Household composition and psychological health: Results of the Second Diabetes Attitudes, Wishes and Needs (DAWN2) study

Lene E. Joensen, Ingrid Willaing, Richard I G Holt, Johan Wens, Søren Skovlund, Mark Peyrot

Research output: Contribution to journalArticle


Aims: 1) To explore the effect of household composition on the psychological health of adults with diabetes by comparing those living with other adult(s) including a partner with those living with neither partner nor other adult(s); 2) to examine potential mediation of social support in the association between household composition and psychological health. Methods: The study is part of the DAWN2 study conducted in 17 countries. The population comprised 8596 people with diabetes (PWD). Multiple regression models (linear and binary) were applied. Results: People living with 'other adult(s) but no partner' experienced significantly lower . well-being, higher . diabetes distress and worried more frequently about . hypoglycaemic events than those with a partner or those not co-habiting with another adult. However, participants living with 'other adult(s) but no partner' were more empowered compared to the other household composition groups. The association between household composition and psychological health was not mediated by diabetes-specific social support. Conclusions: The study indicates the psychological vulnerability of respondents living without a partner but with other adult(s). Appropriate support interventions must be developed and tested in order to enhance psychological health in people with diabetes living with other adults such as adult children, but with no partner.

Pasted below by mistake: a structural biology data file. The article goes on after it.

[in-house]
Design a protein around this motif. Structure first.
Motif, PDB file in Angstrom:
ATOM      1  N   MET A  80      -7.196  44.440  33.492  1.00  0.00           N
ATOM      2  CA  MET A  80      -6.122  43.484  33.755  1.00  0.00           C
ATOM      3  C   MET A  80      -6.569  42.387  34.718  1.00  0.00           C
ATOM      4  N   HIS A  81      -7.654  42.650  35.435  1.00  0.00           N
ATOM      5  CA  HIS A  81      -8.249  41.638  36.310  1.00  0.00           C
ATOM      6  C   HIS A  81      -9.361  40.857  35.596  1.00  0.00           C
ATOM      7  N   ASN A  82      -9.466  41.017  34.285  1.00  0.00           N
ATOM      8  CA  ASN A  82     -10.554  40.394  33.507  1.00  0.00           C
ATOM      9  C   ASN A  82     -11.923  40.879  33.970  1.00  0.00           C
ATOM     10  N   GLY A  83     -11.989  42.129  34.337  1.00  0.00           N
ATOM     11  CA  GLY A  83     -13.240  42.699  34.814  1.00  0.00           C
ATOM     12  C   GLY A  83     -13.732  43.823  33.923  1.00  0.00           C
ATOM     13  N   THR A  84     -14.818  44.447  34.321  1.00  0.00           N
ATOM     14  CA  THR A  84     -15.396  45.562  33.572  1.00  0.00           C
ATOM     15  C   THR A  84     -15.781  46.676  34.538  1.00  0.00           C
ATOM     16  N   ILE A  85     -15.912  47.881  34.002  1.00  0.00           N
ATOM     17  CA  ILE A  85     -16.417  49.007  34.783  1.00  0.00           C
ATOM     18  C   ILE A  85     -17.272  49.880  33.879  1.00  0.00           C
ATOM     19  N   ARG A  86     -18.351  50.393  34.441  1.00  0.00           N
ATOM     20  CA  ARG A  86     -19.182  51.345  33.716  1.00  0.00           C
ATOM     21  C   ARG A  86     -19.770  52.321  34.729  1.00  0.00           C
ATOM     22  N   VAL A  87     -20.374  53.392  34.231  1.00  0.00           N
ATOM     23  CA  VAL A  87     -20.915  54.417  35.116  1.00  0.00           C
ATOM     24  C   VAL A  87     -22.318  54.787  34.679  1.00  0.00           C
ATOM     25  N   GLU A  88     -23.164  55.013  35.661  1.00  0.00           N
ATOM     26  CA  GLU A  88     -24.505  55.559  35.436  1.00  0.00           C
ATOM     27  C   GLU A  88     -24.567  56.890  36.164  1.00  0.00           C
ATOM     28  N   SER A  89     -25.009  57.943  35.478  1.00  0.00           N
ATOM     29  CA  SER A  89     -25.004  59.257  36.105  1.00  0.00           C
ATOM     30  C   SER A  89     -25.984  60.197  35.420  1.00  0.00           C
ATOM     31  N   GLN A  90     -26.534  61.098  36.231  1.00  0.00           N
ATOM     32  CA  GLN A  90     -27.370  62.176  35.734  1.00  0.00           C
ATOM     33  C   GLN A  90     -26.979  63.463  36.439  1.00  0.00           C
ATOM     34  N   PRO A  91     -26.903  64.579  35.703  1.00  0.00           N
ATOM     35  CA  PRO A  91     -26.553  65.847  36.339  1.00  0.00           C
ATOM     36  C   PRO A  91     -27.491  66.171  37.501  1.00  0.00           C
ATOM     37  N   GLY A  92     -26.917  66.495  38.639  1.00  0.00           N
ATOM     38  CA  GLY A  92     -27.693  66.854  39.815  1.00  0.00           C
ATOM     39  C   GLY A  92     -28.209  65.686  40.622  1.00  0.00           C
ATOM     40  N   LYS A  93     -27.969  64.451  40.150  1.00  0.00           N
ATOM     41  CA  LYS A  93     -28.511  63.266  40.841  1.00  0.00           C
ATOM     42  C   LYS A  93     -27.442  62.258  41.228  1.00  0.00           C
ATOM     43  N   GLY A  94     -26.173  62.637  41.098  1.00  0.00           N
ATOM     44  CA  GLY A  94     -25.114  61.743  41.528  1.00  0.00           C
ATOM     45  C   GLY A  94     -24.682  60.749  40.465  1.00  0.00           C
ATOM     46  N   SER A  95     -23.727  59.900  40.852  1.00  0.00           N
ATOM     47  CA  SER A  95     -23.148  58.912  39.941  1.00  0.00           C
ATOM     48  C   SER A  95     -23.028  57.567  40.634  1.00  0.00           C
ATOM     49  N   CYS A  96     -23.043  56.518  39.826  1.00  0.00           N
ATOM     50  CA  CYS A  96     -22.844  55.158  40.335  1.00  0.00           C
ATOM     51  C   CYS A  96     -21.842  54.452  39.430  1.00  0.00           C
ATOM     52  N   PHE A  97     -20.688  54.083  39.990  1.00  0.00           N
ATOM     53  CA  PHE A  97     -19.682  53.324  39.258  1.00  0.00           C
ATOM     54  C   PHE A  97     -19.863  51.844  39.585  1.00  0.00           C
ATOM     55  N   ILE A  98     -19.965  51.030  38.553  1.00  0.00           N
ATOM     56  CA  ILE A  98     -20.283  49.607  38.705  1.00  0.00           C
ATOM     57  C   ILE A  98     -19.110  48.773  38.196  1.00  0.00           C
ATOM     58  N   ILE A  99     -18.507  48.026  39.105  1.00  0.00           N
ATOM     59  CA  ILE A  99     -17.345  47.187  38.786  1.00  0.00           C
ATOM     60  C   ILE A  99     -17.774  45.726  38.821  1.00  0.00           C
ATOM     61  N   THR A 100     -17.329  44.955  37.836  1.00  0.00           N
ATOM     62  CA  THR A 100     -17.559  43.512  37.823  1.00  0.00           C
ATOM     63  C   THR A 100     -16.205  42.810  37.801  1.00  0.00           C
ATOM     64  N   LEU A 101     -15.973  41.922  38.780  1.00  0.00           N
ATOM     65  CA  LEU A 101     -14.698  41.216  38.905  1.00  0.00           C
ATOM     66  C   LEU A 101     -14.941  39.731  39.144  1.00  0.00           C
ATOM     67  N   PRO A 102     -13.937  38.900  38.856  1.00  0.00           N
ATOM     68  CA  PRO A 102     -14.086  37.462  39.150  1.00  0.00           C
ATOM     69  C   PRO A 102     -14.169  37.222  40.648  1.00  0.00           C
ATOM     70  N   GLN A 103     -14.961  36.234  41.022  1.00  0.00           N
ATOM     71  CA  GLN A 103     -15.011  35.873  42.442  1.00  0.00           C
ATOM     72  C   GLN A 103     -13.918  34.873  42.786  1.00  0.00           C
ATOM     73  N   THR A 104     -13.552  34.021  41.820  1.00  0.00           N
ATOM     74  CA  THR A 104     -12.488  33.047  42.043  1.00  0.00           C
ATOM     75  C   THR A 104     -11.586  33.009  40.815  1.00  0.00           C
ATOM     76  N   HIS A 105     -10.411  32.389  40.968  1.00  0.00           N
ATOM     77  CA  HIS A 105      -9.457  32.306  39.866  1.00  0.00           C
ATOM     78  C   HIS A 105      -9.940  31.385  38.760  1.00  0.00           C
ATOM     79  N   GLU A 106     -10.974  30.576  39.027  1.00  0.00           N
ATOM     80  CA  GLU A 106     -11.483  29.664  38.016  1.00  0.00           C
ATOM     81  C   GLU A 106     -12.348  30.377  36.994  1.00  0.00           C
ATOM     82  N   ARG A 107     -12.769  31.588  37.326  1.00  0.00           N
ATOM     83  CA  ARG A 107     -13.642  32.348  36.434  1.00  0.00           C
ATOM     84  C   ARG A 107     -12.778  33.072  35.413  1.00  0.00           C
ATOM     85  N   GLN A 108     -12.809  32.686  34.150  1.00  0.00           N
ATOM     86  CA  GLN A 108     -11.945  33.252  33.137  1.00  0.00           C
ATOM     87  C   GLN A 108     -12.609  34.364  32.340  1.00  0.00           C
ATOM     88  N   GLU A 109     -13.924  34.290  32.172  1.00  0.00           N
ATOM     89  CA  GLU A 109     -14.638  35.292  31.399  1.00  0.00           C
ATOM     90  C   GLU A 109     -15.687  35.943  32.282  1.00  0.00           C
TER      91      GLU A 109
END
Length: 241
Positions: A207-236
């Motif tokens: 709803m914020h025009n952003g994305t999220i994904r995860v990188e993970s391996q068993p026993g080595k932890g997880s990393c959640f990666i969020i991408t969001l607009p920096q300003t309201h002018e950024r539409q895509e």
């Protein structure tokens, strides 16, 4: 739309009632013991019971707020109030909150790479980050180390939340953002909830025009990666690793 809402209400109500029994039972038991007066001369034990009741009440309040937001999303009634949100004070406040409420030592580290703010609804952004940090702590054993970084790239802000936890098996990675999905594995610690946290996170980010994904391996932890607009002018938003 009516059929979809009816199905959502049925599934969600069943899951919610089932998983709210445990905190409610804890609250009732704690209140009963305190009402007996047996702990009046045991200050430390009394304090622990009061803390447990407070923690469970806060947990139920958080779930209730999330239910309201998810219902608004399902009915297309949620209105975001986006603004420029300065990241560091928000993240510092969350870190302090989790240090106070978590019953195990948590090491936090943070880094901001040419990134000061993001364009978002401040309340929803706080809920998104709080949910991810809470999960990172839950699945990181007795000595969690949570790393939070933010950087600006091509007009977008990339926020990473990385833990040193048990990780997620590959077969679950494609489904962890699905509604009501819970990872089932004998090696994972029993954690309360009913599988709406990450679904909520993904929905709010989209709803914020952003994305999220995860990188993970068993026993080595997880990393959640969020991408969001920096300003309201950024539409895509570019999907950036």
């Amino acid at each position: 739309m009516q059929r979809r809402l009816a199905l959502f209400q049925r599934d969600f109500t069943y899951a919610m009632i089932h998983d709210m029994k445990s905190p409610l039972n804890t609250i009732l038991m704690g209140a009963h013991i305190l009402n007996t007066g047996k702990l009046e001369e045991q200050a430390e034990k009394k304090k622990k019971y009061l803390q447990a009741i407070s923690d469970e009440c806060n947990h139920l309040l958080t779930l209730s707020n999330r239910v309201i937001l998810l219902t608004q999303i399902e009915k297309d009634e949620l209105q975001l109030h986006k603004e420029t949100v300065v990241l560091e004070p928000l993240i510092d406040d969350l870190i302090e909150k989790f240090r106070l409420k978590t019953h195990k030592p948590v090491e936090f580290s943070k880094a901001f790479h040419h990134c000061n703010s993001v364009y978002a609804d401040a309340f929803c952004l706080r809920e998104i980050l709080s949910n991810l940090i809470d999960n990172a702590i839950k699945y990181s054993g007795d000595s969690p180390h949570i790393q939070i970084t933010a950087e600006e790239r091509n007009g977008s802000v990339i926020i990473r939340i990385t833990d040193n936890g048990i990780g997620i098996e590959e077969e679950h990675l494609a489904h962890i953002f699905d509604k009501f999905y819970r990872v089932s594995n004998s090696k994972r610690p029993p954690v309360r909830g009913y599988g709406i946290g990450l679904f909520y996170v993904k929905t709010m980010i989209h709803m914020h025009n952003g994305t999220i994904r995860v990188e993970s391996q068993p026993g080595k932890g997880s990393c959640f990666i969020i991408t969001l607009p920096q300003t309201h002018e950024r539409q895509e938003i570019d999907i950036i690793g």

Original languageEnglish (US)
JournalJournal of Diabetes and its Complications
StateAccepted/In press - Apr 8 2016
Externally publishedYes



  • Diabetes
  • Household composition
  • Psychological health
  • Social network
  • Social support

ASJC Scopus subject areas

  • Internal Medicine
  • Endocrinology, Diabetes and Metabolism
  • Endocrinology

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